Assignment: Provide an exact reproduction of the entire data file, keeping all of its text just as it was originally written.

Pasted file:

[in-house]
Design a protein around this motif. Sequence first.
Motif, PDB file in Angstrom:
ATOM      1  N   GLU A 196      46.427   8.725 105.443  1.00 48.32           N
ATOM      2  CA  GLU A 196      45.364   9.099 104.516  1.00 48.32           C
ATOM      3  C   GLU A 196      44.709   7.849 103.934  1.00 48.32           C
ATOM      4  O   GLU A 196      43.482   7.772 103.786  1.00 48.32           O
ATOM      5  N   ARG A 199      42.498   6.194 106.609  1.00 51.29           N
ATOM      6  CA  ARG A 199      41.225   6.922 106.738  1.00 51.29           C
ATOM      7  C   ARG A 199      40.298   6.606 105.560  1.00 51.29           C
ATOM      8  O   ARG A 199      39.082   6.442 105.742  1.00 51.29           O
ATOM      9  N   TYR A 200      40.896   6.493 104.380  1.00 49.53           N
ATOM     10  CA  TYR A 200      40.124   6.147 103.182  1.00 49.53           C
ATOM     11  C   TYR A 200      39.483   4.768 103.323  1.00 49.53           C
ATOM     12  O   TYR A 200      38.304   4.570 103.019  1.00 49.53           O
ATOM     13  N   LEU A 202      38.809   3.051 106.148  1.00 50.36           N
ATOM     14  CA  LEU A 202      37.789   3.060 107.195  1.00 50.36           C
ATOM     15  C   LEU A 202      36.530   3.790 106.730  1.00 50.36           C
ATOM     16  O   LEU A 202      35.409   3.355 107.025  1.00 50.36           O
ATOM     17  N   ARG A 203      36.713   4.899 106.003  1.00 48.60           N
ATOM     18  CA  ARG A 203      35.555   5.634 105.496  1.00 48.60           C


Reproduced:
[in-house]
Design a protein around this motif. Sequence first.
Motif, PDB file in Angstrom:
ATOM      1  N   GLU A 196      46.427   8.725 105.443  1.00 48.32           N
ATOM      2  CA  GLU A 196      45.364   9.099 104.516  1.00 48.32           C
ATOM      3  C   GLU A 196      44.709   7.849 103.934  1.00 48.32           C
ATOM      4  O   GLU A 196      43.482   7.772 103.786  1.00 48.32           O
ATOM      5  N   ARG A 199      42.498   6.194 106.609  1.00 51.29           N
ATOM      6  CA  ARG A 199      41.225   6.922 106.738  1.00 51.29           C
ATOM      7  C   ARG A 199      40.298   6.606 105.560  1.00 51.29           C
ATOM      8  O   ARG A 199      39.082   6.442 105.742  1.00 51.29           O
ATOM      9  N   TYR A 200      40.896   6.493 104.380  1.00 49.53           N
ATOM     10  CA  TYR A 200      40.124   6.147 103.182  1.00 49.53           C
ATOM     11  C   TYR A 200      39.483   4.768 103.323  1.00 49.53           C
ATOM     12  O   TYR A 200      38.304   4.570 103.019  1.00 49.53           O
ATOM     13  N   LEU A 202      38.809   3.051 106.148  1.00 50.36           N
ATOM     14  CA  LEU A 202      37.789   3.060 107.195  1.00 50.36           C
ATOM     15  C   LEU A 202      36.530   3.790 106.730  1.00 50.36           C
ATOM     16  O   LEU A 202      35.409   3.355 107.025  1.00 50.36           O
ATOM     17  N   ARG A 203      36.713   4.899 106.003  1.00 48.60           N
ATOM     18  CA  ARG A 203      35.555   5.634 105.496  1.00 48.60           C